author = {E. Ternon},
  year = {2017},
  month = {Jan},
  title = {Energy Savings in Phantom Cell Concept Heterogeneous Networks},
  publisher = {Shaker Verlag},
  ISBN = {978-3-8440-5005-9},
  address={Bremen, Germany},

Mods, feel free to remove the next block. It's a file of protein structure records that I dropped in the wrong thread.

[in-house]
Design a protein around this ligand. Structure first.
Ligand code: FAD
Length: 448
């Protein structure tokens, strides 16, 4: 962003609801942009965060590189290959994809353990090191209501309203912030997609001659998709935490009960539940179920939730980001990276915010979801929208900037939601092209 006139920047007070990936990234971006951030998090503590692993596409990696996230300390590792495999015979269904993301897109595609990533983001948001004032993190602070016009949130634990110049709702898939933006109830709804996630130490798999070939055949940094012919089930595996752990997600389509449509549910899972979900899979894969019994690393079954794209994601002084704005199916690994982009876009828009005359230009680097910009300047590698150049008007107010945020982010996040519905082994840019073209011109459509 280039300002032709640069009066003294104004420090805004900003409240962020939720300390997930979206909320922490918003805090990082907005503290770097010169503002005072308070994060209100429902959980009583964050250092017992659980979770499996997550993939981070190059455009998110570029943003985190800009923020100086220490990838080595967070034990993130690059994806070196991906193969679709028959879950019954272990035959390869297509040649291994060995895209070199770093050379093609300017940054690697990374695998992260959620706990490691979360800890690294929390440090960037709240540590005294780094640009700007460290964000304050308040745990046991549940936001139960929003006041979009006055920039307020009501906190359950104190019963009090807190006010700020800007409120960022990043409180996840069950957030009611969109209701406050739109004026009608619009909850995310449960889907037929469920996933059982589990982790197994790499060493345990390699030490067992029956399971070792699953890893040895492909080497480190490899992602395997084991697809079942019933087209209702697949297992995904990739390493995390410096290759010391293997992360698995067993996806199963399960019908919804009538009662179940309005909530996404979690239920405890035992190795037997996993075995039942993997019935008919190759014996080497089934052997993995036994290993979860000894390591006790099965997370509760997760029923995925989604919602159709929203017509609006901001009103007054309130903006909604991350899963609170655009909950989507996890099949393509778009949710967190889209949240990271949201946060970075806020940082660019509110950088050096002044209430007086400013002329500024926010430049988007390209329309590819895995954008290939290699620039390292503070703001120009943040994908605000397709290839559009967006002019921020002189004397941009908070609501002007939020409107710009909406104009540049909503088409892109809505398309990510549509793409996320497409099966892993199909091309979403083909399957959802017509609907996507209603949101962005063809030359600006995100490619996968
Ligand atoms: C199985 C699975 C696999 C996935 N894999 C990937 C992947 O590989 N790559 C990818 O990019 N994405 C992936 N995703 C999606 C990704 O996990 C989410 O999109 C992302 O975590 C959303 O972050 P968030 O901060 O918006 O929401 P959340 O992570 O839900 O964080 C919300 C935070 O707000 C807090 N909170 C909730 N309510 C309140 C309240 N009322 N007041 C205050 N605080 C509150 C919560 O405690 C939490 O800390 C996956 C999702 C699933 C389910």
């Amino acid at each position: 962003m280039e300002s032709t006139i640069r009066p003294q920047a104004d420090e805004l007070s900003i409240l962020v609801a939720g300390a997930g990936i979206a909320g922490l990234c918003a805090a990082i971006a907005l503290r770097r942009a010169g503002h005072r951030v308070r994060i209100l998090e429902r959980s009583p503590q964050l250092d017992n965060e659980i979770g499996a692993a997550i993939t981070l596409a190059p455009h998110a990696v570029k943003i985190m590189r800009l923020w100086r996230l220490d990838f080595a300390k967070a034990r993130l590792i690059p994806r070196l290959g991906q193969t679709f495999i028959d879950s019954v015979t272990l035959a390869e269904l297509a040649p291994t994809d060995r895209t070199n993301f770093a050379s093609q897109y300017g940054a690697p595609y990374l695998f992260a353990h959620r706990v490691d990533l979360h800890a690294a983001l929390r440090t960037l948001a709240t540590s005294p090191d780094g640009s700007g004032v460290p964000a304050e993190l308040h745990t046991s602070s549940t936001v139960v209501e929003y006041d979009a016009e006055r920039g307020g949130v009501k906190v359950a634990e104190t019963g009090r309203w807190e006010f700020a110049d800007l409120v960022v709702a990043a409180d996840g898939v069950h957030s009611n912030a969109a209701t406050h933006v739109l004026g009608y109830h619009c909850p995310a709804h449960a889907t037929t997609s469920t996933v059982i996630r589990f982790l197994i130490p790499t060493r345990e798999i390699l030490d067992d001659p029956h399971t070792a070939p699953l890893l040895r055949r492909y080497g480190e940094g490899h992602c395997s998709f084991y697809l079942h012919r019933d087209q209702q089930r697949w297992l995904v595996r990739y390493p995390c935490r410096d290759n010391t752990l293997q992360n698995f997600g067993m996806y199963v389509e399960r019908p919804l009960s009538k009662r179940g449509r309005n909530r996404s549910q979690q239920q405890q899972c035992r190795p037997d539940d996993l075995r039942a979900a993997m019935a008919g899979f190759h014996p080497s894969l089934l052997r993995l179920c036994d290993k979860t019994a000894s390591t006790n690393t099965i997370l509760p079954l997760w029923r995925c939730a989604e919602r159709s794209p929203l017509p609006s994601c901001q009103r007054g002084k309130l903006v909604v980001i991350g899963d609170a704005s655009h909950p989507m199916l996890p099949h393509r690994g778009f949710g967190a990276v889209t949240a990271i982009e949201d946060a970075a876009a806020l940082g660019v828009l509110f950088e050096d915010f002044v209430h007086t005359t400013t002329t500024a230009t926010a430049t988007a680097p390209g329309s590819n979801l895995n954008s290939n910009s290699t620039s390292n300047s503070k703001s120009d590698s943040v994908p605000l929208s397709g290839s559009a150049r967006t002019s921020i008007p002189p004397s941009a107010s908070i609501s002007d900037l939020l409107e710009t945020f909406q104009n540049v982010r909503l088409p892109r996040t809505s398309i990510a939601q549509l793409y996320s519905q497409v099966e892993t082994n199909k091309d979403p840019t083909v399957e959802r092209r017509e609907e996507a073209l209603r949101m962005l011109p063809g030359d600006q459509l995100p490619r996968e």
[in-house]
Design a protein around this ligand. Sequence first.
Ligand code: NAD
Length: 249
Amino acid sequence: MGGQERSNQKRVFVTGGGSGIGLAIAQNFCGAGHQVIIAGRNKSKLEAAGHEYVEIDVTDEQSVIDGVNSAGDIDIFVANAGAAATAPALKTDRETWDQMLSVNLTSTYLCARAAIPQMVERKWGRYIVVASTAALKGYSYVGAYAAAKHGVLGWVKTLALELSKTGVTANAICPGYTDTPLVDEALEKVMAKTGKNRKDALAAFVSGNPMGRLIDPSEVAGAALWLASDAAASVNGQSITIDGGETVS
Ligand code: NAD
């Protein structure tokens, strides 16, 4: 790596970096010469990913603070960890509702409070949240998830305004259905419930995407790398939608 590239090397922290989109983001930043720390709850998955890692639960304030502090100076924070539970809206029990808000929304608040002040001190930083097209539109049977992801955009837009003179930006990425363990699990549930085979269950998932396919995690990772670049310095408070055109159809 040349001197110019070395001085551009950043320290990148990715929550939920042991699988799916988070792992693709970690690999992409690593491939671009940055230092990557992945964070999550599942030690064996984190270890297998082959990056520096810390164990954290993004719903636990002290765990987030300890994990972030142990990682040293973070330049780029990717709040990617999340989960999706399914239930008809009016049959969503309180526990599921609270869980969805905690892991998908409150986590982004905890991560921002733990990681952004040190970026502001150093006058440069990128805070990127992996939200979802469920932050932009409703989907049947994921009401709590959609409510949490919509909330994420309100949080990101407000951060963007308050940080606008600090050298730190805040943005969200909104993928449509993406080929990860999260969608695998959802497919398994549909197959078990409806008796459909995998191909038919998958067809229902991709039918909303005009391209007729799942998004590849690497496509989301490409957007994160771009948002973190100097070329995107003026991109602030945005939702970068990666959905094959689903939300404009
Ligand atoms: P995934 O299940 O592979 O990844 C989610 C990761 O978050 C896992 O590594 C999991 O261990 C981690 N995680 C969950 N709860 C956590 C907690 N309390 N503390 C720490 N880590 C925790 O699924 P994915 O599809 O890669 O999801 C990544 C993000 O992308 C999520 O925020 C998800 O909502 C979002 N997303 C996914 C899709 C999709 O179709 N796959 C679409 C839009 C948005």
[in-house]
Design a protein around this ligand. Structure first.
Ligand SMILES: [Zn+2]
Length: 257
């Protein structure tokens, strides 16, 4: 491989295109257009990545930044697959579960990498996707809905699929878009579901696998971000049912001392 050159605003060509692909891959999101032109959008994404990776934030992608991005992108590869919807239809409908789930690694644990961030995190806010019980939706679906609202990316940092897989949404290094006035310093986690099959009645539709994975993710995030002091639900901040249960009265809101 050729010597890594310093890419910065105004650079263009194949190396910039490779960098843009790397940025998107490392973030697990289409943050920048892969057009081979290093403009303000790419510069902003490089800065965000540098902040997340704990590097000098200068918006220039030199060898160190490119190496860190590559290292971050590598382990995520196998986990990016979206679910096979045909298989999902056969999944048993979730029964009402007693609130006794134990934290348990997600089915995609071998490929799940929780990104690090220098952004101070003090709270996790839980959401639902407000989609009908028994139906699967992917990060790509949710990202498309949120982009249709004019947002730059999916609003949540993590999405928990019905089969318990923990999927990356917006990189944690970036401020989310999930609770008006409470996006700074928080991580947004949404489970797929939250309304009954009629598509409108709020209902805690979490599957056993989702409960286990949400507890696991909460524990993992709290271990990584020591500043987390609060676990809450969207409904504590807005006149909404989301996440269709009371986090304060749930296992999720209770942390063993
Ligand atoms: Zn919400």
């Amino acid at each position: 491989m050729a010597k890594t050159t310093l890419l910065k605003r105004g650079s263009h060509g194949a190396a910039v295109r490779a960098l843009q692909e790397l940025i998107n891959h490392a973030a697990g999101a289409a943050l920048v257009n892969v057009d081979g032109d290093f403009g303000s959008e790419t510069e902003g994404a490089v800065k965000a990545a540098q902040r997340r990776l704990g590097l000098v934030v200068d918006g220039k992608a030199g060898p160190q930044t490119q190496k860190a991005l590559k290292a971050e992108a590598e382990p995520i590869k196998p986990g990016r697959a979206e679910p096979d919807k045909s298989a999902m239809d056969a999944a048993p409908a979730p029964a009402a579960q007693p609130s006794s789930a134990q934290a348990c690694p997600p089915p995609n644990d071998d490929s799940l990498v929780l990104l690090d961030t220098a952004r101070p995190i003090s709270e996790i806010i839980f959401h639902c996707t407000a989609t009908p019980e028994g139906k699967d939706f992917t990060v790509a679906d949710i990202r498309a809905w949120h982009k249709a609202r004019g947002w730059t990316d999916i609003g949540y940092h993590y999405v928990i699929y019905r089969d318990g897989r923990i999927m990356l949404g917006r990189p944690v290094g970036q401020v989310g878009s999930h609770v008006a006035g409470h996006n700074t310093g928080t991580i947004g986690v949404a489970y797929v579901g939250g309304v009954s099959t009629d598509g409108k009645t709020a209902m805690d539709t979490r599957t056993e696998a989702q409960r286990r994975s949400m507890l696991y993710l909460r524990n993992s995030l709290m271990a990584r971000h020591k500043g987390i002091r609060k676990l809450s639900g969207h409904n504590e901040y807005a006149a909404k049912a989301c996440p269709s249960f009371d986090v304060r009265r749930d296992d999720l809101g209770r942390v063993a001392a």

abstract={The constantly increasing global amount of wireless traffic is pushing for the deployment of ultra-dense heterogeneous networks. These networks are characterized by the side-by-side deployment of macro cell base stations on the one hand, guaranteeing a ubiquitous coverage to users, and of a large number of small cell base stations on the other hand, providing high capacity and throughput to users. A novel network architecture proposed by NTT DOCOMO in 2012, called the Phantom Cell Concept (PCC), enables users to both connect to a macro cell and to a small cell at the same time, allowing to get rid of the compromise between coverage and capacity traditionally present in conventional heterogeneous networks. Nevertheless, deploying such a large number of small cells can substantially increase the energy consumption of PCC networks, and hence have a significantly detrimental financial and ecological impact on their operation. To be able to cope with these issues, we propose novel energy savings techniques made possible by the PCC architecture, in which unutilized small cells are put into a low energy consumption sleep mode. The work presented in this thesis shows that it is possible to make the energy consumption of PCC systems scale with the number of small cells in use rather than with the number of small cells deployed, which enables to save a large amount of energy, especially in low network load scenarios.